On May 30, the 21st Knesset ended with a great bang as Benjamin Netanyahu rushed to pass a stormy dissolution vote, accusing Avigdor Lieberman of being “a leftist” for blocking his coalition and thrusting Israel into an unprecedented second election.
On Wednesday, five and a half months later, the 22nd Knesset ended with a whimper as the MKs slouched to the vote and Mr Netanyahu was nowhere to be seen for hours as the clock ran down on yet another doomed coalition-building exercise.
The once unthinkable third election beckons on March 2, 2020.
There was a sense of surrender to the last days of the second aborted Knesset of 2019. Even the most rumbustious MKs did not seem to have any energy left to argue.
The Israeli body politic is weary. By this point, just about everything was being waved through — even a bid to move election day from the customary Tuesday to Monday, genuinely to avoid a clash with Moses’s yahrzeit.
The two drama queens of the Knesset, Mr Netanyahu and his nemesis Mr Lieberman, both tried to create a stir in the last few hours.
Mr Lieberman called a press conference for 1pm but, despite their usual habit of speculating on whatever surprise he may have in store, most reporters were jaded. They were right to be.
The man who would have been kingmaker just had more blame to spread — on Mr Netanyahu, who has “no values, just interests”, and on his rival Benny Gantz, who “defrauded his voters” by not forming a national unity government.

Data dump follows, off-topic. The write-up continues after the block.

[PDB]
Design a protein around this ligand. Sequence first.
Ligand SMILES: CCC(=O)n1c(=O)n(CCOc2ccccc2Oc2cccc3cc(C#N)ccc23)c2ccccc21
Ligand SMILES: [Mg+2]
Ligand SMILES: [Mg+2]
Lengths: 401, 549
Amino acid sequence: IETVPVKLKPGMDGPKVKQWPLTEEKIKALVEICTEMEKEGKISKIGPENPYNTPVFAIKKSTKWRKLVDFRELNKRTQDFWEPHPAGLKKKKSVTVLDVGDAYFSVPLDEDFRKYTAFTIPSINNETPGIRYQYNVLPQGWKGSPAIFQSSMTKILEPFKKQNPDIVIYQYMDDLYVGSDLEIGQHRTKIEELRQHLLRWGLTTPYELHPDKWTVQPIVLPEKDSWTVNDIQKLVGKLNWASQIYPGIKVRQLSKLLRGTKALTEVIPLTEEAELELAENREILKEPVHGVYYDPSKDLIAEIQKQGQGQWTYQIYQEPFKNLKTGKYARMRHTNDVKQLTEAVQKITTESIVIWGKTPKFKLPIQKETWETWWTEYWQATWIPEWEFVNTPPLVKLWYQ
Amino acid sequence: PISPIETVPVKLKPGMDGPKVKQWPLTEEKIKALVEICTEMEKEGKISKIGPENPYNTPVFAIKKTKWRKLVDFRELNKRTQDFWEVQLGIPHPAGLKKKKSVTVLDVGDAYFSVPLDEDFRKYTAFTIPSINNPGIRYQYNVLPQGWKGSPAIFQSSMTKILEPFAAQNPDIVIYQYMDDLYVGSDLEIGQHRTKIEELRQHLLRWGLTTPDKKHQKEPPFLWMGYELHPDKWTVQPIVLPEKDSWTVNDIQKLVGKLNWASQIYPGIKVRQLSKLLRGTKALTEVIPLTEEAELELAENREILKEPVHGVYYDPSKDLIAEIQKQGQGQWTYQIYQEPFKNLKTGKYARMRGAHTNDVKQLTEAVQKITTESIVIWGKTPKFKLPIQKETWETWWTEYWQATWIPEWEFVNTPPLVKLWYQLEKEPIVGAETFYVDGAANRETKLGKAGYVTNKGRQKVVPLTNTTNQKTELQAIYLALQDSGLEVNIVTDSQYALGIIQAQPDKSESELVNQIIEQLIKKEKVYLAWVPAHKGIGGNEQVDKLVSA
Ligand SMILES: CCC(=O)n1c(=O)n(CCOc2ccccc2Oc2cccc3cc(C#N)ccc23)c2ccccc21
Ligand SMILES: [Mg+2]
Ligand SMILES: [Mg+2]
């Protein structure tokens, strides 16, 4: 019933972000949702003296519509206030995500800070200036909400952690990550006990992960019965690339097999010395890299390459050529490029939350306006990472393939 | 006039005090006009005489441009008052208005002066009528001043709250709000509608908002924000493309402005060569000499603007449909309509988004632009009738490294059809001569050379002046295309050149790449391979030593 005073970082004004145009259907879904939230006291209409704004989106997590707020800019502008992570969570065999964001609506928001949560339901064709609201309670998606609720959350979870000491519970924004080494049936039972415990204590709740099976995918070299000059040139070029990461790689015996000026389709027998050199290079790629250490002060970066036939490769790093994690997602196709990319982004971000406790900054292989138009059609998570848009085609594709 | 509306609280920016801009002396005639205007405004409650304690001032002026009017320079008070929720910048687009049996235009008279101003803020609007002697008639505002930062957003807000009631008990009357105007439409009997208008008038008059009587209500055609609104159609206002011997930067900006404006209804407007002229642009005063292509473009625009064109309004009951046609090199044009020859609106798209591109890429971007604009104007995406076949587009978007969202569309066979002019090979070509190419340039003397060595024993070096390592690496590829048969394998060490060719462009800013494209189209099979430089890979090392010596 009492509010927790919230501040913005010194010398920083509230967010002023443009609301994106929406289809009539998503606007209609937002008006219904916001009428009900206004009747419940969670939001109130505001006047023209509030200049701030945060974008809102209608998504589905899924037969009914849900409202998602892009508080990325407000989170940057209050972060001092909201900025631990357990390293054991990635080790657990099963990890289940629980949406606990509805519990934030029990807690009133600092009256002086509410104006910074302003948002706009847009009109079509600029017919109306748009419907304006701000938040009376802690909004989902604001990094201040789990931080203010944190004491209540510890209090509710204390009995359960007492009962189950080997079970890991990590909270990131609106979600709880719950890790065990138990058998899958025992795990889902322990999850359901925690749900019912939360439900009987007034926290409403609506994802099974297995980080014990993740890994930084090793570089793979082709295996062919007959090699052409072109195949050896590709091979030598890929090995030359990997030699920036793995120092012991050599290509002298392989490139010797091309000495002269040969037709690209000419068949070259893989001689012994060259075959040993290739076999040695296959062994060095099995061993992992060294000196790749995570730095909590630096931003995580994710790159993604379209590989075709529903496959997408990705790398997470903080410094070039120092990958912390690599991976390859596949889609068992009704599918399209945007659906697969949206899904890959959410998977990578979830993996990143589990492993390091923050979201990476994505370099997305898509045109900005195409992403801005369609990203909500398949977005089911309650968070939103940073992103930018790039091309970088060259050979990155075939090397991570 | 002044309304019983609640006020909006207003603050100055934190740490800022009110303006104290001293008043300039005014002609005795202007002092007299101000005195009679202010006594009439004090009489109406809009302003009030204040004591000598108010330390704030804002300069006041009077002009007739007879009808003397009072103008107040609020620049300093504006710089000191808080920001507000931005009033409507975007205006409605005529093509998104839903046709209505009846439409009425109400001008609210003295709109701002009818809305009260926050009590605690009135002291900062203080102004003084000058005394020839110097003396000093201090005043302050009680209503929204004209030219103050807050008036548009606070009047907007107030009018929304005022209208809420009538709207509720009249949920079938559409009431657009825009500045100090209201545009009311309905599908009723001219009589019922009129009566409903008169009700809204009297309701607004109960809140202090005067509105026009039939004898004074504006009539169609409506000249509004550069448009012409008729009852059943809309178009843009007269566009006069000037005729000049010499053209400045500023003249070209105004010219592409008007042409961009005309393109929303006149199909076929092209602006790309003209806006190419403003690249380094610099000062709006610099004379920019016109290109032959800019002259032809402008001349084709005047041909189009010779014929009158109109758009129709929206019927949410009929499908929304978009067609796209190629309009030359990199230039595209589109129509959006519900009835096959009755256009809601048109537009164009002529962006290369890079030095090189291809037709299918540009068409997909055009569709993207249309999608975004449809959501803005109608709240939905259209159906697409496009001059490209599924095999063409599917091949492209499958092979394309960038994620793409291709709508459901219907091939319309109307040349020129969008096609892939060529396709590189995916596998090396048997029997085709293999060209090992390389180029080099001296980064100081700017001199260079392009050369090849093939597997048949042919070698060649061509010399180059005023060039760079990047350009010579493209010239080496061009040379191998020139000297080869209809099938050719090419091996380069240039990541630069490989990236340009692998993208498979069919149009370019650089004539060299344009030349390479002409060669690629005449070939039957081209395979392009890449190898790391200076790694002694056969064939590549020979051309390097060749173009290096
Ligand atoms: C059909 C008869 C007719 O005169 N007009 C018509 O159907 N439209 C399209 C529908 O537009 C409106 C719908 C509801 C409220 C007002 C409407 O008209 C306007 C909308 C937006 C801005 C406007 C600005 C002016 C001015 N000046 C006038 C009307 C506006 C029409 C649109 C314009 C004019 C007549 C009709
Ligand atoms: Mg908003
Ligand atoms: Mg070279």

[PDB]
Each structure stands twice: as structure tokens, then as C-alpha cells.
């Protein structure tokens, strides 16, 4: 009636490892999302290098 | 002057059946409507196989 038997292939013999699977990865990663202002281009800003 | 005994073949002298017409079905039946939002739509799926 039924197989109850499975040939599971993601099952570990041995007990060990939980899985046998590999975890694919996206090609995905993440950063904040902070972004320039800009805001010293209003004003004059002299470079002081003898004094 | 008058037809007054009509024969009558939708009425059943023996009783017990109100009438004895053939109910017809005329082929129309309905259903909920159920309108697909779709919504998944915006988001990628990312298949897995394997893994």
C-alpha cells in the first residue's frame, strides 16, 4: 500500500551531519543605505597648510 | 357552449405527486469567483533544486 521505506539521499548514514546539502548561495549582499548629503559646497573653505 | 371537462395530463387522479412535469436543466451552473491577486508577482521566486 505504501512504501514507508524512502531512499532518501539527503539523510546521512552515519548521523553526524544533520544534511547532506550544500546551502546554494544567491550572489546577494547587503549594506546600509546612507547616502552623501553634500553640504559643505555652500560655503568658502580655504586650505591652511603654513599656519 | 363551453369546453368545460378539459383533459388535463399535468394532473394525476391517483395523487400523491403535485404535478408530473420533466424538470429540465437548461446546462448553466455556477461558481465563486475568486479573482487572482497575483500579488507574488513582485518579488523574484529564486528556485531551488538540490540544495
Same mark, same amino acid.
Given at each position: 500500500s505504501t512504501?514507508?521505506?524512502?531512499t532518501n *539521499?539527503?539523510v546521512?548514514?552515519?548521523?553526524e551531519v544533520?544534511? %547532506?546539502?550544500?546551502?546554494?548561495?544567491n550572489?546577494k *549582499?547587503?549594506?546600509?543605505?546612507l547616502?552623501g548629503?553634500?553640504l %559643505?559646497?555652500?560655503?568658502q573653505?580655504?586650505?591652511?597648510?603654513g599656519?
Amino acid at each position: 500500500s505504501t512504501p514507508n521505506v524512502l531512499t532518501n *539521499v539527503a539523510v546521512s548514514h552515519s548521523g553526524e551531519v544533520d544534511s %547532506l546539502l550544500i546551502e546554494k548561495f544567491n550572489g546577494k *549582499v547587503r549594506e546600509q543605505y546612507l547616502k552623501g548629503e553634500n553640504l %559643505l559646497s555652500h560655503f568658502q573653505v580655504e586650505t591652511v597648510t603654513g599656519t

Labour leader Amir Peretz chose to attack Mr Lieberman, saying he was “the main reason for the election, because of his incitement against Israeli Arabs and the Strictly Orthodox.”
Mr Netanyahu did not make a personal appearance, although he did release a video. Instead, his proxies spread the rumour that he was considering foregoing a request for immunity from prosecution in return for entering immediate negotiations with Blue & White to form a government and prevent the election.
But it was not clear how he hoped to suddenly surmount the main obstacle: Blue & White’s refusal to serve under an indicted prime minister and its demand that Mr Gantz go first as prime minister.
What is clear is that Mr Netanyahu is concerned by polling that suggests he is blamed for the third election and this will cost Likud and his coalition seats.
Each party is building a narrative about why Israel is being forced back to the polls and one of Blue & White’s claims — that it is because Mr Netanyahu is anxious for immunity — seems to be cutting through with the public.
Hence the prime minister’s dilemma about whether to try to use it as a bargaining chip.
But Mr Netanyahu is unlikely to voluntarily give up immunity.
While he currently does not have a majority for that in the Knesset, his lawyers believe that he can delay the immunity hearing until at least after the election, when he might have the necessary votes. And even if not, it will delay the start of his trial by at least a few months.
This is beginning to look like a rearguard action in a losing battle, though even some of his allies sounding less loyal than usual.
Former Likud whip David Bitan said ominously on Wednesday that if he fails a third time to form a government, “then I don’t want to say what we’re
going to have to do.” As it is, this will be a different campaign for Mr Netanayhu as he will have first to fight and win a Likud leadership election against, at the very least, his declared challenger Gideon Saar.
While he is likely to win, the fact that his leadership is even being put in doubt and that a small but growing number of Likud MKs and mayors are coming out for Mr Saar, is another cloud on his horizon.
Added to this is the expected decision of the High Court next week on whether he can even be given the mandate to form a new government now that he has been indicted.
However, even if Mr Netanyahu loses the leadership election and the High Court rules that he cannot form a new government, the bottom line remains that Israel is going to have a third election in less than a year.
For the next three months, the man who caused it all will remain in office.